The song of the week is 'Clinch Mountain Backstep' in the key of A.
My intention in revisiting Clinch Mountain Backstep as a song of the week for the intermediate jam is to continue where we left off at when Old Joe Clark was recently recycled as a song of the week for working on increasing the tempos at which the jam group is able to successfully play standard bluegrass jam instrumentals. The tempos that I intend to kick off Clinch Mtn. Backstep at the jam for the next 3 weeks are:
Jan. 25th: 136
Feb. 1st: 140
Feb. 8th: 144
(On the Ralph Stanley studio recording provided below, Clinch Mountain Backstep is played at about 150 beats per minute.)
Here is my favorite of Ralph's studio recordings of Clinch Mountain Backstep:
Ralph Stanley - key of A
The chord progression for the A-Part is
The chord progression for the B-Part is the same, except that there is an extra 'half-measure' of the '1' before the first '5'. If one is counting the beats in the first line of the B-Part in cut common time (2/2), one would count it as: 1,2,1,2,1,2,1,1,2.
(On the sheet music attached here, I have written the first line of the B-Part as 3 measures in 2/2, followed by a measure in which the time signature changes to 1/2, followed by a measure that returns to 2/2.)
Melody & Key
Although the melody of Clinch Mountain Backstep consists only of the notes of the Am pentatonic scale, it is called at jams in A (Major) rather than Am because the '1' chord that is used in the chord progression for the song is an A Major Chord rather than an Am Chord ('1m'). To call Clinch Mountain Backstep in A Minor instead of in A (Major) at a jam would imply that 1m Chords are to be played in place of 1 Chords.
In the attached melody sheet for Clinch Mountain Backstep, I have used the key signature for Am (no sharps or flats, same as the key signature for C Major, the Relative Major of Am) instead of the key signature for A Major (3 sharps) to avoid the need to write natural signs in nearly every measure. I hope that my doing this makes the sheet music easier to read than if I had used the key signature for A Major.
The notes that make up the Minor Pentatonic Scale, or as I like to call it sometimes 'The Clinch Mountain Scale', are: 1, b3, 4, 5, and b7. Remember these notes, for these will be useful to know not only for playing 'Mountain Minor' tunes like 'Clinch Mountain Backstep' and 'Cluck Old Hen'. Any time when you wish to add a 'bluesy' element into a break or backup part for a Major key song, just remember to play your 'Clinch Mountain notes'.
To see what these notes are for A (or for any other key for that matter: G is an especially practical place to start for this if you are a banjo or guitar player who usually plays in A by way of capoing the 2nd fret of your instrument), refer to the Nashville Number System Chart in the attachments.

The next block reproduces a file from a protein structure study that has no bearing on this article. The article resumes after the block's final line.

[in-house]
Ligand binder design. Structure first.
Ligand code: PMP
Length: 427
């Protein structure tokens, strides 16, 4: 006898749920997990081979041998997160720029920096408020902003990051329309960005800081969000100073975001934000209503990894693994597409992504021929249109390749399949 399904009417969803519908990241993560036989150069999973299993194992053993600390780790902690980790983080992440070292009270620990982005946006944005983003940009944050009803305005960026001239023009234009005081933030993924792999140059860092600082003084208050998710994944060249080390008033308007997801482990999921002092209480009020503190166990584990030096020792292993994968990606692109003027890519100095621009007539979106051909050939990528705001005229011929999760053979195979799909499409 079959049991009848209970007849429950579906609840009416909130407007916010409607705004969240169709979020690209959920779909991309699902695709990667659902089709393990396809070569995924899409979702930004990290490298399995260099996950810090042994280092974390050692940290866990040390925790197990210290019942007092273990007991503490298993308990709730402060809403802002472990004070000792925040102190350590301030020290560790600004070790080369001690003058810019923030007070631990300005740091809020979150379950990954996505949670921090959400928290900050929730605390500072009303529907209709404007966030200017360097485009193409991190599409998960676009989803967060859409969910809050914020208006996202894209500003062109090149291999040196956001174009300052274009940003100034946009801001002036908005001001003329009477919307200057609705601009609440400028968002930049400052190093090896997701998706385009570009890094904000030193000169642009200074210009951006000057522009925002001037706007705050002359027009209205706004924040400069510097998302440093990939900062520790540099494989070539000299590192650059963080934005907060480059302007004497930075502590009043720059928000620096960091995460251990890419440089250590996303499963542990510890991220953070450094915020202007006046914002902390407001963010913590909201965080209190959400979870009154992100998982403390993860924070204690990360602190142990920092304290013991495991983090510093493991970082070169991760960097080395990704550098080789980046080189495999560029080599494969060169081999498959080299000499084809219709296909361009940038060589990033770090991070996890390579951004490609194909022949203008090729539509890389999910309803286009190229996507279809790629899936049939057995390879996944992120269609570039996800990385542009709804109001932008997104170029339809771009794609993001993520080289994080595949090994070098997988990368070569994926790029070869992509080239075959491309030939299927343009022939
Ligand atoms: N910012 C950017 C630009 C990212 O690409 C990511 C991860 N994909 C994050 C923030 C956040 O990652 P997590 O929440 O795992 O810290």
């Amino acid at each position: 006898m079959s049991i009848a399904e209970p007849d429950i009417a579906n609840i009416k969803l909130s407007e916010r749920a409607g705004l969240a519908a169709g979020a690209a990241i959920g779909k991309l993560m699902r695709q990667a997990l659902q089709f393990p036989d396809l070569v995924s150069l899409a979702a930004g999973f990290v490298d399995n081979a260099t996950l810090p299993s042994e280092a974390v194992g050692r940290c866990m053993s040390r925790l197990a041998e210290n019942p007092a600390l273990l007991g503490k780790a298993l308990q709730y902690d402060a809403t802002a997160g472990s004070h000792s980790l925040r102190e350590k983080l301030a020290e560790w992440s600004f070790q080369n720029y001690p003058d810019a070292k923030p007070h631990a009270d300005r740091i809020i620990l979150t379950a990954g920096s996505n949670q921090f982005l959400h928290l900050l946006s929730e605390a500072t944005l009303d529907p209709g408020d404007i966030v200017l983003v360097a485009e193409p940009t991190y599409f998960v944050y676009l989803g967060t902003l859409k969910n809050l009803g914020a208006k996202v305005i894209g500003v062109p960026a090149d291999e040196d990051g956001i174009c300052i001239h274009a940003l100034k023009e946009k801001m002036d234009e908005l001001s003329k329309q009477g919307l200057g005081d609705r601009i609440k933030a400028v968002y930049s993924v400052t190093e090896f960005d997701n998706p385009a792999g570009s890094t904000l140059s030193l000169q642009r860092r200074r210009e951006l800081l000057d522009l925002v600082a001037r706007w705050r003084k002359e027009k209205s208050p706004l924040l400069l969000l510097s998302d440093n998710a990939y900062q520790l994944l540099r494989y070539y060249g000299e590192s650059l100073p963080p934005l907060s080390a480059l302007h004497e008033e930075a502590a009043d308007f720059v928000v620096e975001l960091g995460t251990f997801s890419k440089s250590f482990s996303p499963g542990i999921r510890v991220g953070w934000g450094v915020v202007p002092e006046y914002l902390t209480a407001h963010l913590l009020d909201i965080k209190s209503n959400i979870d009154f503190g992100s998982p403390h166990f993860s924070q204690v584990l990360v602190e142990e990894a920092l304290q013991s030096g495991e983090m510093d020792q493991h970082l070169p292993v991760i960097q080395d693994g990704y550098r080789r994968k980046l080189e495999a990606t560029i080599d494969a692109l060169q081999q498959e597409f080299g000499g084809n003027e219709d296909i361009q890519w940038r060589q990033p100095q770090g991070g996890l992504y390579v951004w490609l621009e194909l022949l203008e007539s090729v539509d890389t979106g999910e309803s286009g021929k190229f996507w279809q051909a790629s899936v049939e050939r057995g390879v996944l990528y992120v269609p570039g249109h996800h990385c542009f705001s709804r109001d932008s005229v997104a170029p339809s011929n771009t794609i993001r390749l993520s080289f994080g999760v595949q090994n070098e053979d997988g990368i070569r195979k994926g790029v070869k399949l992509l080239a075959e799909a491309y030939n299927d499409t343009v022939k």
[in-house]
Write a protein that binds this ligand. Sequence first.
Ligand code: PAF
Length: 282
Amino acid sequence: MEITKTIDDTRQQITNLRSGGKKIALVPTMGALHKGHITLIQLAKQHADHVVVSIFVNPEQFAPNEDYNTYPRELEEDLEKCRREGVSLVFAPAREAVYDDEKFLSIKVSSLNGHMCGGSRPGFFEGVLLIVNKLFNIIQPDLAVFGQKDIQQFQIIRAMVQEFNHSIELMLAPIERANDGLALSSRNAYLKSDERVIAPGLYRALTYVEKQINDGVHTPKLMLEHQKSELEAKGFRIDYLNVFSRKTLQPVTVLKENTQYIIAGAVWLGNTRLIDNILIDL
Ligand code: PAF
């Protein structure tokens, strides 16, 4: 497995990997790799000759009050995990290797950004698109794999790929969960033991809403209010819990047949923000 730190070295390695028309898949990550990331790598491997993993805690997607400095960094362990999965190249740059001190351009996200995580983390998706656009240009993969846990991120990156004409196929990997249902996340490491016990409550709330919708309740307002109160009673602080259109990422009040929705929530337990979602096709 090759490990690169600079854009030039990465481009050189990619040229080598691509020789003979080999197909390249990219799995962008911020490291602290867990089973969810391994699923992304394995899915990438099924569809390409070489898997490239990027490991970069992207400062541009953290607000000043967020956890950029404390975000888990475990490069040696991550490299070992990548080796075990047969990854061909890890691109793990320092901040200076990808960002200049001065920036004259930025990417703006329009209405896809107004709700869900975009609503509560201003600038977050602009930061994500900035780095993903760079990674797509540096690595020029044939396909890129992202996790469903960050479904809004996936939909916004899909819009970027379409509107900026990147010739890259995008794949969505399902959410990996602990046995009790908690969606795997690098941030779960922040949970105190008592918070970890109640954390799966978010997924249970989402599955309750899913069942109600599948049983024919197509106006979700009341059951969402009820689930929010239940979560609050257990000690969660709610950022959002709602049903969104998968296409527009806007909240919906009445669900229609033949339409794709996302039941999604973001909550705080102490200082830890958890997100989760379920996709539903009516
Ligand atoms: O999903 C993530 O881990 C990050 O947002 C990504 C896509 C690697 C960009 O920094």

Relative Majors & Minors
If you have ever played the melody for Will The Circle Be Unbroken, Amazing Grace, My Home's Across The Blue Ridge Mountains, Shortnin' Bread, Swing Low Sweet Chariot, or Camptown Races, or any other melody that uses only 1, 2, 3, 5, and 6 notes (Major Pentatonic Scale), then you are already familiar to a certain extent with the combination of notes that make up the 'Clinch Mountain Scale', although those melodies sound very different than the melodies for Clinch Mountain Backstep and Cluck Old Hen.
Notice, for instance, that 1, b3, 4, 5, b7 for E are the very same notes as 6, 1, 2, 3, 5 for G. G is the Relative Major of Em.
Every Minor has a Relative Major. To find the Relative Major of a Minor, treat the b3 of the Minor as the 1 for the Major. (Thus, C is the relative Major of Am - one uses the same notes for playing the melody of Will The Circle Be Unbroken in C as one does for playing the melody of Clinch Mountain Backstep in A; Bb is the relative Major of Gm, etc.)
Going in the opposite direction, that is, to find the Relative Minor of a Major, treat the 6 of the Major as the 1 for the Minor. (So, Am is the Relative Minor of C, Em is the Relative Minor of G.)
That 'Cheyenne' was played at the jam last night (A-Part in the key of Gm, B-Part in the key of Bb), also helps to illustrate the usefulness of knowing a bit about the relationships involved between Relative Majors and Minors. More tunes of the same nature as this one are more likely than not to come up at the jam as it continues to progress.
Sheet music for Clinch Mountain Backstep:
Clinch Mountain Backstep - Banjo tab
Clinch Mountain Backstep - Guitar tab
Clinch Mountain Backstep - Mandolin tab
Clinch Mountain Backstep - Melody in A
Eight More Miles To Louisville
The chord progression for Eight More Miles To Louisville was:
Verses & Breaks Chorus
1/5 1/4 1/5 1 1 1 4 1
1/5 1/4 1 5 1 1 2 5
4 1 1 5 4 1 1 5
1/5 1/4 1/5 1 1/5 1/4 1/5 1
Eric Weissberg (banjo instrumental version: verse breaks only)
Ballad Of Jed Clampett
The chord progression for Ballad Of Jed Clampett was:
1 1 2m 5
5 5 1 1
1 1 4 4#
5 5 5 1 1 1 1 1...
Flatt & Scruggs
Big Spike Hammer
The differences between how Big Spike Hammer was played at last night's jam versus how it appears on the 'Songs with uncommon or hard to predict chord progressions' handout were as follows:
116m6m for the first line of the verses.
The last break ended the same way as all the other breaks: i.e., with 5511.
The progression for Farewell Blues was:
1 5 1 1
1 5 1 1
6 6 2 b3
1 5 1 1
Flatt & Scruggs
The progression for Blue Night was: